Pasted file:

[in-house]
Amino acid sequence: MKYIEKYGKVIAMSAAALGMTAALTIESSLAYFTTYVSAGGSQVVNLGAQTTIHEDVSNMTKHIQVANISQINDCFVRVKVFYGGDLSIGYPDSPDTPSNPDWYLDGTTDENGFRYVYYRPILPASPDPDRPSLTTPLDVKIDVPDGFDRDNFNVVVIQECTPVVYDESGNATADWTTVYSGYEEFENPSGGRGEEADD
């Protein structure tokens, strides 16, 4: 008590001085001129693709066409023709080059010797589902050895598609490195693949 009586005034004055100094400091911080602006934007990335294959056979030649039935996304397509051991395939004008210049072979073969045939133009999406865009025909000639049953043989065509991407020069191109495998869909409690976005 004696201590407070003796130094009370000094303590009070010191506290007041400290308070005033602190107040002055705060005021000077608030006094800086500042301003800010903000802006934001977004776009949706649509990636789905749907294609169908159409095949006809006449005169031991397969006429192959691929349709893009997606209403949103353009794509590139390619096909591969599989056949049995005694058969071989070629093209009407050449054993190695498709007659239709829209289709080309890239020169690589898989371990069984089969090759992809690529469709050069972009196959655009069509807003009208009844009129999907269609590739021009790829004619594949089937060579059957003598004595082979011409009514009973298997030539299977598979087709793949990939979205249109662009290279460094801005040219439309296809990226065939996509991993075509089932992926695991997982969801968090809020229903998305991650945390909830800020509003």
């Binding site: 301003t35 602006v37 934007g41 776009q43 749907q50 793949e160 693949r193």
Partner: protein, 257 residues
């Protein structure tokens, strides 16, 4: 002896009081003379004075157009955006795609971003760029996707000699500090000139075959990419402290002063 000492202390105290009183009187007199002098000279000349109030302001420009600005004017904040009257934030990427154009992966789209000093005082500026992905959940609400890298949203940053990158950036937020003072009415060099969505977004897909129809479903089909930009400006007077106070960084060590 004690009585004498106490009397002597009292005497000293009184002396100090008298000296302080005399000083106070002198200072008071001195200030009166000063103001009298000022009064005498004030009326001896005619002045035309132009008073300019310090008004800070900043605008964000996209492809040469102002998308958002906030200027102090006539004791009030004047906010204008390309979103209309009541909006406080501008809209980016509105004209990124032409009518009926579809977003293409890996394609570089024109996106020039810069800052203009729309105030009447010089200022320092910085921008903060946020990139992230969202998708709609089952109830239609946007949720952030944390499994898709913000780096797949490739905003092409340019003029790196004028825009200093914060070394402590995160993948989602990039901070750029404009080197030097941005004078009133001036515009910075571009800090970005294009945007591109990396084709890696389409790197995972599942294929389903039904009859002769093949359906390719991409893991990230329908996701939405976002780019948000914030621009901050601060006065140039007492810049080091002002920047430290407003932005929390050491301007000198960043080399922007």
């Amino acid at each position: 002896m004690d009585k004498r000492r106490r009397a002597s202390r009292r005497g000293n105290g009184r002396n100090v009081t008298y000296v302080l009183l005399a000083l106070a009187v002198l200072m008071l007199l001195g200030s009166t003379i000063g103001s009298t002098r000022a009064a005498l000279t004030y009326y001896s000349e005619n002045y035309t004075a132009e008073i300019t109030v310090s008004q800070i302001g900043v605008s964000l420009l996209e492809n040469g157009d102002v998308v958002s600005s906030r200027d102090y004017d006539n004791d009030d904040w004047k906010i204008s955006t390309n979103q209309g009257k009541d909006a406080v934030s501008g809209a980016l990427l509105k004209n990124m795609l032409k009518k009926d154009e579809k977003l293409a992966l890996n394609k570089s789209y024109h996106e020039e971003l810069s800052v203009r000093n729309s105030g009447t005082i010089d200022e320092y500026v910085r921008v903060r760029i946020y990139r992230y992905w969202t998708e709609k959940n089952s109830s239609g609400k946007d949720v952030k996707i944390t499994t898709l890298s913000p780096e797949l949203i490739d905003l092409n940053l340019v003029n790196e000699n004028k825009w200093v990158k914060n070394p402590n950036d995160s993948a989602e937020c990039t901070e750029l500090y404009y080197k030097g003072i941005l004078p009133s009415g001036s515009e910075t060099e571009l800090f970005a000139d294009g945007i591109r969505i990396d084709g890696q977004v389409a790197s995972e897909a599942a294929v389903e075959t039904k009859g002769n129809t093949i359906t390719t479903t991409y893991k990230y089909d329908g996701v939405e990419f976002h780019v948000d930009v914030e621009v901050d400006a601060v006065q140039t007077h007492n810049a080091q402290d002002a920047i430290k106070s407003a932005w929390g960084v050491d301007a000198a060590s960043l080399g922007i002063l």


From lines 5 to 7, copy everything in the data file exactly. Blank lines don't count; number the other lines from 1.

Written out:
Partner: protein, 257 residues
């Protein structure tokens, strides 16, 4: 002896009081003379004075157009955006795609971003760029996707000699500090000139075959990419402290002063 000492202390105290009183009187007199002098000279000349109030302001420009600005004017904040009257934030990427154009992966789209000093005082500026992905959940609400890298949203940053990158950036937020003072009415060099969505977004897909129809479903089909930009400006007077106070960084060590 004690009585004498106490009397002597009292005497000293009184002396100090008298000296302080005399000083106070002198200072008071001195200030009166000063103001009298000022009064005498004030009326001896005619002045035309132009008073300019310090008004800070900043605008964000996209492809040469102002998308958002906030200027102090006539004791009030004047906010204008390309979103209309009541909006406080501008809209980016509105004209990124032409009518009926579809977003293409890996394609570089024109996106020039810069800052203009729309105030009447010089200022320092910085921008903060946020990139992230969202998708709609089952109830239609946007949720952030944390499994898709913000780096797949490739905003092409340019003029790196004028825009200093914060070394402590995160993948989602990039901070750029404009080197030097941005004078009133001036515009910075571009800090970005294009945007591109990396084709890696389409790197995972599942294929389903039904009859002769093949359906390719991409893991990230329908996701939405976002780019948000914030621009901050601060006065140039007492810049080091002002920047430290407003932005929390050491301007000198960043080399922007």
């Amino acid at each position: 002896m004690d009585k004498r000492r106490r009397a002597s202390r009292r005497g000293n105290g009184r002396n100090v009081t008298y000296v302080l009183l005399a000083l106070a009187v002198l200072m008071l007199l001195g200030s009166t003379i000063g103001s009298t002098r000022a009064a005498l000279t004030y009326y001896s000349e005619n002045y035309t004075a132009e008073i300019t109030v310090s008004q800070i302001g900043v605008s964000l420009l996209e492809n040469g157009d102002v998308v958002s600005s906030r200027d102090y004017d006539n004791d009030d904040w004047k906010i204008s955006t390309n979103q209309g009257k009541d909006a406080v934030s501008g809209a980016l990427l509105k004209n990124m795609l032409k009518k009926d154009e579809k977003l293409a992966l890996n394609k570089s789209y024109h996106e020039e971003l810069s800052v203009r000093n729309s105030g009447t005082i010089d200022e320092y500026v910085r921008v903060r760029i946020y990139r992230y992905w969202t998708e709609k959940n089952s109830s239609g609400k946007d949720v952030k996707i944390t499994t898709l890298s913000p780096e797949l949203i490739d905003l092409n940053l340019v003029n790196e000699n004028k825009w200093v990158k914060n070394p402590n950036d995160s993948a989602e937020c990039t901070e750029l500090y404009y080197k030097g003072i941005l004078p009133s009415g001036s515009e910075t060099e571009l800090f970005a000139d294009g945007i591109r969505i990396d084709g890696q977004v389409a790197s995972e897909a599942a294929v389903e075959t039904k009859g002769n129809t093949i359906t390719t479903t991409y893991k990230y089909d329908g996701v939405e990419f976002h780019v948000d930009v914030e621009v901050d400006a601060v006065q140039t007077h007492n810049a080091q402290d002002a920047i430290k106070s407003a932005w929390g960084v050491d301007a000198a060590s960043l080399g922007i002063l």